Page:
Last week, the United States Trade Representative (USTR) announced that it will extend 352 reinstated exclusions and 77 COVID-related exclusions on goods from China until December 31, 2023. The exclusions refer to additional duties imposed on goods from China pursuant to an earlier Section 301 investigation of China’s acts, policies, and practices related to technology transfer, intellectual property, and innovation.
In December 2022, the agency determined to extend the exclusions and extended them again in May 2023 through September 30, 2023. This latest notice announces the agency’s determination to further extend the exclusions until December 31, 2023.
The announcement states that the goal of this most recent extension is “[t]o provide a transition period for the expiring exclusions and to allow for further consideration under the four-year review.”
In August 2017, USTR initiated an investigation into China’s acts, policies, and practices related to technology transfer, intellectual property, and innovation. The agency released a report of its findings in March 2018 and in June 2018 began imposing additional duties on products of China in four tranches. The USTR established a process by which U.S. stakeholders could request the exclusion of particular products subject to additional duties. Starting in November 2019, the agency invited public comments on whether to extend particular expulsions it had granted. Through this process, 352 exclusions have been extended.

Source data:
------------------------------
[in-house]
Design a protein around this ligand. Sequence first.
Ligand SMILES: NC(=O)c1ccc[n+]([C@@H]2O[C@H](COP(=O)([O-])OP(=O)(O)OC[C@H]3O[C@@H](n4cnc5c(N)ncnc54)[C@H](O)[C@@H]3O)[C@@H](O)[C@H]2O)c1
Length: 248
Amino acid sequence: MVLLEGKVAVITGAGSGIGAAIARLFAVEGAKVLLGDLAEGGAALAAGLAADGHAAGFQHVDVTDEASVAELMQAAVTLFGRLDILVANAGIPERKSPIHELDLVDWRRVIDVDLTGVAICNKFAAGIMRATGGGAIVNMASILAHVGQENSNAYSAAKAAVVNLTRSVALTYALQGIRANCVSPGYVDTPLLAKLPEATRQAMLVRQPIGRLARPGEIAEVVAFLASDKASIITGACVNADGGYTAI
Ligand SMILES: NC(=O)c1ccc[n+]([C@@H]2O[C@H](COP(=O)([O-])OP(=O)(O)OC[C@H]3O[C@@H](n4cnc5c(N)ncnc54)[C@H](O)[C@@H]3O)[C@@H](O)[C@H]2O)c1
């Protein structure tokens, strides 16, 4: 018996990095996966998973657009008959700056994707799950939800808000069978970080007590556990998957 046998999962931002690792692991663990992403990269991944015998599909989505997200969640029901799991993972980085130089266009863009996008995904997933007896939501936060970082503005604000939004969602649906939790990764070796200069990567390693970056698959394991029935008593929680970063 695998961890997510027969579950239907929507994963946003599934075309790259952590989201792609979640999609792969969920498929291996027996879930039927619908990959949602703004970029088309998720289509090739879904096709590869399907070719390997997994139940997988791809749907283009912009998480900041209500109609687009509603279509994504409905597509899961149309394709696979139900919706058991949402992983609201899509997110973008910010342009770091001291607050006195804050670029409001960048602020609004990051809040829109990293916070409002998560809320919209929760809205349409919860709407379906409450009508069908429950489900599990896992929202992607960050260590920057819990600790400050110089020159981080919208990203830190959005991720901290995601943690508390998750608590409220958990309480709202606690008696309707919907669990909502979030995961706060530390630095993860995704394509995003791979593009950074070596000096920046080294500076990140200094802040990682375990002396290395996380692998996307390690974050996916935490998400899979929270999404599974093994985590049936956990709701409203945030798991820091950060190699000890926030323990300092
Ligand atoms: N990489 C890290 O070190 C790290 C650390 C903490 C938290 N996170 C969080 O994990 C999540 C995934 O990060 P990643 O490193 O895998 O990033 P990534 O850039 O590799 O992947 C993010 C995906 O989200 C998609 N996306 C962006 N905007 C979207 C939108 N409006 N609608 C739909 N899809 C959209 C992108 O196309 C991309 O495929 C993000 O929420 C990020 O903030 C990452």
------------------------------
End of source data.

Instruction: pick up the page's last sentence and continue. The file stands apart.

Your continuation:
In March 2020, USTR requested public comments on proposed modifications to exclude from additional duties certain medical-care products related to the U.S. response to COVID. USTR granted exclusions for 99 products. Throughout 2021 and 2022, USTR sought and evaluated public comments and extended 77 of the COVID-related exclusions through September 30, 2023.
Statutory Four-Year Review
Under the Trade Act of 1974, the USTR is required to conduct a four-year review if they receive an appropriate request to continue an action taken under Section 301. The agency is required to review:
- (A) the effectiveness in achieving the objectives of section 301 of (i) such action, and (ii) other actions that could be taken (including actions against other products or services), and
- (B) the effects of such actions on the United States economy, including consumers.
In accordance with this requirement, USTR announced in May 2022 that it was commencing this review. The review is ongoing and there is no statutory deadline. U.S. Commerce Secretary Gina Raimondo has stated that she does not expect any revisions to the Section 301 duties until the four-year review is complete.
What Importers Should Do
Importers should continue to follow this review and prepare for revisions to the Section 301 duties at the beginning of next year. For importers being hit by additional duties it is crucial to know when the additional duties are effective and must be paid. We urge importers to clearly understand which duties their products are subject to and develop a business plan on how to prepare for additional import costs.
Diaz Trade Law will continue to monitor these developments. For help in preparing for upcoming 301 changes, get in touch with us today.